I always think that this time of year brings into sharp focus any concerns we have about our bodies, our weight and how much exercisewe do or don’t do. After just having gone through a Christmas period media frenzy with pressure to eat, consume, mange and overindulge, we now have, like a coin flipping, the onslaught of ‘guilt’ messages.
Every other advert on TV seems to be about joining diet clubs and eating low fat food in the breaks of programmes about super large people who cry and grimace their way through arduous physical tasks and are forced to publically denounce their previous sedentary lifestyles. All so we can voyeuristically look on and think ‘at least I’m not that big’. We also get daily direct marketing mail, with its timepressured buying messaging, ‘Get ‘x’ if you sign up before the end of January’.
It takes a strong woman to not cave under such an onslaught. Its aimed at our weakest point. How we feel about our bodies is inextricably linked with who we are. Thus if there is a hint that we might have a weakness in our appearance, it has an impact on what kind of person we are. Marketing professionals are more than aware of this and utilise it to the full.
On the other hand, it does no harm to occasionally do a personal audit where we consider our lifestyle and edit out bad practice and
try and replace it with better and it might as well be now.
Success is obtainable through consistency
However, success is only obtainable through consistency. In a way, it doesn’t matter what you decide to do as long as you keep doing it.
The problem lies with us succumbing to the very strong messaging, paying over our money and finding we have yet again signed up to a regime that we can only keep going for a week or two. This incessant failure does nothing but reinforce our sense of inadequacy.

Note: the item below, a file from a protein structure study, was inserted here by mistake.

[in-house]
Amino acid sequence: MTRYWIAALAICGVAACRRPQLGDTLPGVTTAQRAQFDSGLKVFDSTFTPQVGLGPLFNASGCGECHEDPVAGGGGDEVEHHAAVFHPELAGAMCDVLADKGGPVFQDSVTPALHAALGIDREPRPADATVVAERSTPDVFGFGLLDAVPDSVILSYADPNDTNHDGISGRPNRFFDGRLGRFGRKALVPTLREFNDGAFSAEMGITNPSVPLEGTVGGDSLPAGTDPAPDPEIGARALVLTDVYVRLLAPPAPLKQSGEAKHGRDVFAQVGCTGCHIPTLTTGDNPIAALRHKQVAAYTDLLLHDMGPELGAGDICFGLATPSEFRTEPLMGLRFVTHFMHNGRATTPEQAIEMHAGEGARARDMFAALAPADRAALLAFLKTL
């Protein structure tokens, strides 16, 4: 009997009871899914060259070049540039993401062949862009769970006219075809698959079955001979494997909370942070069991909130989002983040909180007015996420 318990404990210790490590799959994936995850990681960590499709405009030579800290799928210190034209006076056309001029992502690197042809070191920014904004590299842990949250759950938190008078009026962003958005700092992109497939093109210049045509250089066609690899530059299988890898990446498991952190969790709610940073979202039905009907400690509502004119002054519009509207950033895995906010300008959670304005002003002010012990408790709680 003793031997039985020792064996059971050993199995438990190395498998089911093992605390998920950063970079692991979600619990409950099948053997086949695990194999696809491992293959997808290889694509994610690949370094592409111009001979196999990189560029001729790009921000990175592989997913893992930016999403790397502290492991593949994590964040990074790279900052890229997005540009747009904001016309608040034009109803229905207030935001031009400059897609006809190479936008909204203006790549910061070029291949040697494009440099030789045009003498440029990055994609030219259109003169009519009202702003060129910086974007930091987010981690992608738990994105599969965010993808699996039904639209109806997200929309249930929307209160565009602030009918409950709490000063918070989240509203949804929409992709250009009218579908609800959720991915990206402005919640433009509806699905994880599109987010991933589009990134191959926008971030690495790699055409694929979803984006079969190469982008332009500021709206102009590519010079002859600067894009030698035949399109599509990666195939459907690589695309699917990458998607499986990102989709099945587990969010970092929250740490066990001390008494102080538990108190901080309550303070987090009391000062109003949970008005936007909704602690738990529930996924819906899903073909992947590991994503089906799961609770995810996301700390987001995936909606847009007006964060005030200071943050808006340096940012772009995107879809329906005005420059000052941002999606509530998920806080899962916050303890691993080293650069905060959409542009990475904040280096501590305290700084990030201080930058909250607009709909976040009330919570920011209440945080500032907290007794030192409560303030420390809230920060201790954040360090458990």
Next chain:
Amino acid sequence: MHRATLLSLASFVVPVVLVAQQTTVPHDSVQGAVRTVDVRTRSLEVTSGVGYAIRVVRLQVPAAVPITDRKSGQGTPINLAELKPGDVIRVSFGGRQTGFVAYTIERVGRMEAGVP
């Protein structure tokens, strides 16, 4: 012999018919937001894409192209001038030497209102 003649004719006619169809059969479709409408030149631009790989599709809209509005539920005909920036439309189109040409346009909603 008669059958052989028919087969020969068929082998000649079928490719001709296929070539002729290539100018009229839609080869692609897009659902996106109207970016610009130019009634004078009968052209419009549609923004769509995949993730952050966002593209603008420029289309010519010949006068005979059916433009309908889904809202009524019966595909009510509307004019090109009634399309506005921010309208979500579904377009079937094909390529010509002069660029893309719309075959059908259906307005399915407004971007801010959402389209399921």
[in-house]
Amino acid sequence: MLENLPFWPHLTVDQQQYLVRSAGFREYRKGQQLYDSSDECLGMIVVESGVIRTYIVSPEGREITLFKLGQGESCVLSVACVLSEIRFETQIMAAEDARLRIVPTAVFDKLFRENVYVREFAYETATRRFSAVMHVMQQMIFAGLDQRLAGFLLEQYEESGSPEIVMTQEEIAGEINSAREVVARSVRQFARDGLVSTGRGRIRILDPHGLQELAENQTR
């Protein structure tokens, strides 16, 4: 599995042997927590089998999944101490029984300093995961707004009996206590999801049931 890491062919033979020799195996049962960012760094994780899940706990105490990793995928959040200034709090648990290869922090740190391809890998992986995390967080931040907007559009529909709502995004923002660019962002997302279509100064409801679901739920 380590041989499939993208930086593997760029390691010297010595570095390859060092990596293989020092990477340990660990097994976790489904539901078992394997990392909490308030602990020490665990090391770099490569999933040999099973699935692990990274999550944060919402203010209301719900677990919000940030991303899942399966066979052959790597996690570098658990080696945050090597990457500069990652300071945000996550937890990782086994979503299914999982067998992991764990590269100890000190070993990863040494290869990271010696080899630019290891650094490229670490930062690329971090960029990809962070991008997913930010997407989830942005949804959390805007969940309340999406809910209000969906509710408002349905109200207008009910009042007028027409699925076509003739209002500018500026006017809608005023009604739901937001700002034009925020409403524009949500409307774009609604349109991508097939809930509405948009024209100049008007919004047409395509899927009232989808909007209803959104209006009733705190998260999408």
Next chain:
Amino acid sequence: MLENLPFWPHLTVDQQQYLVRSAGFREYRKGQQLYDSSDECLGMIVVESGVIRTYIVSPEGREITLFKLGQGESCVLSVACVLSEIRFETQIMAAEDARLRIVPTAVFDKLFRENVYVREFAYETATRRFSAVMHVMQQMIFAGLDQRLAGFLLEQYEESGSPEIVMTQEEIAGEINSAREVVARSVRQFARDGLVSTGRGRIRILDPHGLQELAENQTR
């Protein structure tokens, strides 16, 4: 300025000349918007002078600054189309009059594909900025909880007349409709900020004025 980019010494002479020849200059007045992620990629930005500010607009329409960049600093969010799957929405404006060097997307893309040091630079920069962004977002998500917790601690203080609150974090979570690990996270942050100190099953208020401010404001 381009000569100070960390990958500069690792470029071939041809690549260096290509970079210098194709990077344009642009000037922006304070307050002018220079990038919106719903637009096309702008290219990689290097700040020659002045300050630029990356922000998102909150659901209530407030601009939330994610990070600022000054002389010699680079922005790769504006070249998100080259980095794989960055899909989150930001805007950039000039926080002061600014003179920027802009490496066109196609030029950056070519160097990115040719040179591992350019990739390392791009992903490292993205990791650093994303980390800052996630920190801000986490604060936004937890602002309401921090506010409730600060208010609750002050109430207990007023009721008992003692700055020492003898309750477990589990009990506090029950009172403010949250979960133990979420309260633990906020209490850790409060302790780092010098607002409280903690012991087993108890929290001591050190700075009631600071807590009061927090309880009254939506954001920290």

So how do you succeed this time? It’s a very straightforward recipe. Firstly, do your research and pick a diet regime that feels do-able for
you, it doesn’t really matter which one as long as its not too whacky: calorie counting, points, low fat, ketogenic, caveman are all fine (there are many variations on each of these categories too numerous to name here) – then add an exercise programme that again seems do-able and starts within your capabilities and your pocket: walking daily, exercise class at leisure centre, swimming 3x a week, start a sport and join a club, join a gym, get a personal trainer. Again it doesn’t matter what it is as long as it is appropriate to you.
You will see a change after about 4 weeks
Make sure you follow your chosen path for 3 months. You will see change. You need to do little and often (a little bit each day is better
than a lot once a week) and with enough longevity that it becomes a new habit, a new lifestyle. When you start to see changes, which
should be after about 4 weeks, you will want to keep up your new healthier behaviours because you’re in a virtuous circle.
Finally getting healthy doesn’t have to be like it is in the ‘fat’ programmes. It doesn’t have to be full of pain and remorse. It can be a journey into the new; finding an aspect of your body and personality you didn’t know you had. I have seen the transformation from sedentary to physical being
hundreds of times and it is always positive and uplifting.
I wish you well, whatever you decide to do.